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Rivera v. Ragan & Ragan


June 25, 2010


The opinion of the court was delivered by: Robert F. Kelly, Sr. J.


Presently before the Court is Defendant Ragan & Ragan, P.C.'s ("Ragan") Motion to Dismiss the Complaint of Plaintiff Efrain Rivera ("Rivera") pursuant to Federal Rule of Civil Procedure 12(b)(1) for lack of subject matter jurisdiction. For the reasons set forth below, this Motion will be denied.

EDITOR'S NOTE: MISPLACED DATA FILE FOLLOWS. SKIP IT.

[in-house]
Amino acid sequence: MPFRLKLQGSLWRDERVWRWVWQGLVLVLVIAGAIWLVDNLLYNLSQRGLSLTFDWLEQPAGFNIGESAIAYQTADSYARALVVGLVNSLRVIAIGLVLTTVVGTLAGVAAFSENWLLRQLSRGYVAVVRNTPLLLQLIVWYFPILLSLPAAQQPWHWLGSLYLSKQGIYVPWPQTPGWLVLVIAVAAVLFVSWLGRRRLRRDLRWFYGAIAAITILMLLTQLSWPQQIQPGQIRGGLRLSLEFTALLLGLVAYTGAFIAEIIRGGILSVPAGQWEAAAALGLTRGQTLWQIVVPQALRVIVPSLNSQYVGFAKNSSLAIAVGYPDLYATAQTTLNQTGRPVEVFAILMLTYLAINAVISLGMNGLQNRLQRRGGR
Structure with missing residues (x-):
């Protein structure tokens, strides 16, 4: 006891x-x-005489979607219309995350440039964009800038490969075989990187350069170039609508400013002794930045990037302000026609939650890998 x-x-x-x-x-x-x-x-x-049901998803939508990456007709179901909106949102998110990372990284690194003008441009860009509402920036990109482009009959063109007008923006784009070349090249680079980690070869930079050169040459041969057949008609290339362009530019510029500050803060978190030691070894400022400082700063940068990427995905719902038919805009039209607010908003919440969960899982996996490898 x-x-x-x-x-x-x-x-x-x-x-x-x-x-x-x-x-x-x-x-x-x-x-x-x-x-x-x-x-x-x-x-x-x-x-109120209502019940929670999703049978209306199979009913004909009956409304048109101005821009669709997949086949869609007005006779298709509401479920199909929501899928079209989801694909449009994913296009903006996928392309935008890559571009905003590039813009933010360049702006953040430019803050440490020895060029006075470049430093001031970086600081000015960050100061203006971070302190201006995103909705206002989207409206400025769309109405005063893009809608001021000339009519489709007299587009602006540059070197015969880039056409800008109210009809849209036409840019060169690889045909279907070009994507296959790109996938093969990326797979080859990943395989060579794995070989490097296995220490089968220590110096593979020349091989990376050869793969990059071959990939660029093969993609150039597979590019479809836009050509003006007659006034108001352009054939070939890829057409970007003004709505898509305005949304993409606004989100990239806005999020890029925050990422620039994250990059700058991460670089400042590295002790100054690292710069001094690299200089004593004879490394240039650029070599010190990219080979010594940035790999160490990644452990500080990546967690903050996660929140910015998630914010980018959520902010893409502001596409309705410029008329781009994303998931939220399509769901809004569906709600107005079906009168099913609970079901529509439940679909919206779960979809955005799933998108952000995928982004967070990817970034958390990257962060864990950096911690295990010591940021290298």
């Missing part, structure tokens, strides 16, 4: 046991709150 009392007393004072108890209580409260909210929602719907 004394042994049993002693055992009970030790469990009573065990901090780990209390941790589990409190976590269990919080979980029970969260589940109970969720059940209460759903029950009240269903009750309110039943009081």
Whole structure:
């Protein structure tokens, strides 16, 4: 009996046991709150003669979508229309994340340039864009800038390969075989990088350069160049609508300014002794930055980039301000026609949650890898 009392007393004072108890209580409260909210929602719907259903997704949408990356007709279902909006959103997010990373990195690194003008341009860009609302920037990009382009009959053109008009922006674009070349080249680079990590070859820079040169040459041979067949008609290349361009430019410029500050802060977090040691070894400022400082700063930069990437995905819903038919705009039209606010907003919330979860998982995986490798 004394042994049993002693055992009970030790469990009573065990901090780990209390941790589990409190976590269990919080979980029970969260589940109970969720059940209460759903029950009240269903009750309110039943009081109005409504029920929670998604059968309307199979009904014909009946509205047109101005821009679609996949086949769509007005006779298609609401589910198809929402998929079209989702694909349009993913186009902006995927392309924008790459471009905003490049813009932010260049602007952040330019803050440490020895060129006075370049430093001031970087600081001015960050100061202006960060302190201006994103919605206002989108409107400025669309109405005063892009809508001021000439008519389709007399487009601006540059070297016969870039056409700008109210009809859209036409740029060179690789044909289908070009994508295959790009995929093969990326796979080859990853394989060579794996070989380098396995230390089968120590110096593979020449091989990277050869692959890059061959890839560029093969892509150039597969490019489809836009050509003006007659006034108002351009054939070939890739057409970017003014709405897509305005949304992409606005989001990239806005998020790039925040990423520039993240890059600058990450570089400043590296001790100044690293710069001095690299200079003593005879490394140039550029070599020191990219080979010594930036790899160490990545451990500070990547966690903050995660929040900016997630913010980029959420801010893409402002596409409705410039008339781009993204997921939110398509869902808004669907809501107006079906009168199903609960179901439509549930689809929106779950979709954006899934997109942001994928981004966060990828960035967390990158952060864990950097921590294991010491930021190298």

Rivera brings this action against the debt collection law firm,Ragan, alleging violations of the Fair Debt Collection Practices Act, 15 U.S.C. §§ 1692 et seq. (the "FDCPA"). Rivera asserts that in or around October 2009, upon reviewing his credit report, he learned that a judgment in the amount of $8,375.00 had been entered against him without his knowledge. (Compl. ¶¶ 12-13.) Rivera asserts that on October 19, 2009, he contacted Ragan to inquire about the judgment, but was told by an employee named "Danielle" that she had little information regarding the debt other than it was owed to Citibank. (Compl. ¶ 17.) The next day, Rivera again called Ragan and told employee Danielle that he had placed a fraud alert on his credit report because he suspected identity fraud, and that he also reported the matter to the police (Compl. ¶¶ 34-35.) Rivera states that he was then transferred to another employee named "Vicky" who gave him the sole option to pay his debt. When Rivera told Vicky that he was unaware of any court proceedings, she refused to assist him and advised him to get an attorney. (Compl. ¶¶ 39-40.) Several days later, Rivera again spoke with Vicky who refused to listen to him and hung up on him. Rivera further states that later that day, Rivera spoke with a "Mr. Ragan" who told him he had very little information about the debt because of its age, and would only discuss payment arrangements with him. (Compl. ¶¶ 45-47.) Rivera asserts that Mr. Ragan acknowledged that he had no proof that Rivera made any of the underlying transactions which led to the alleged debt. Mr. Ragan again refused to help, and instead, only told Rivera to retain counsel. (Compl. ¶¶ 49-50.) Rivera also avers that within five days following its initial communication with him, Ragan failed to send to him written notification advising him of his right to dispute the debt or request verification of the debt. (Compl. ¶ 51.)